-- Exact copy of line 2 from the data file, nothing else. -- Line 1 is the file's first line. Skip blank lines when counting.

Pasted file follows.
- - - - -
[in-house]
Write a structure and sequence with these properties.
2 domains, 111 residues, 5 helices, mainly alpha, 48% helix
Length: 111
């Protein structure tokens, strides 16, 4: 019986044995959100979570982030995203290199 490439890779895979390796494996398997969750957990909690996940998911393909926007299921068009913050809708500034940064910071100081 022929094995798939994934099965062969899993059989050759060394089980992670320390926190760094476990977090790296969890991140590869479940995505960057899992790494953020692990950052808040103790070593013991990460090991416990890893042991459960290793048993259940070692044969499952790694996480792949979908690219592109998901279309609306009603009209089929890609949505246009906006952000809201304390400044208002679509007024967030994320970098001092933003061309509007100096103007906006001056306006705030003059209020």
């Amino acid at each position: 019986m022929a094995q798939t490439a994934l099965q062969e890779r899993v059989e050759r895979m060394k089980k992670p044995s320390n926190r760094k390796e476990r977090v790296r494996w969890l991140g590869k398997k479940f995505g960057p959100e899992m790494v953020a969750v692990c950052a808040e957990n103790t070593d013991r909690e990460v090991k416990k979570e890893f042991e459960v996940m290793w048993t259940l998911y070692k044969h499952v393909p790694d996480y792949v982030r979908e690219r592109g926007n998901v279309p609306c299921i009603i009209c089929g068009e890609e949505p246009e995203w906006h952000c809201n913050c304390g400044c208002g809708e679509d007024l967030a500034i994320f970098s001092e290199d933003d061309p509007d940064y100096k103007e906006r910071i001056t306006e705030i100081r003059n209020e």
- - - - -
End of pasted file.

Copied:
Write a structure and sequence with these properties.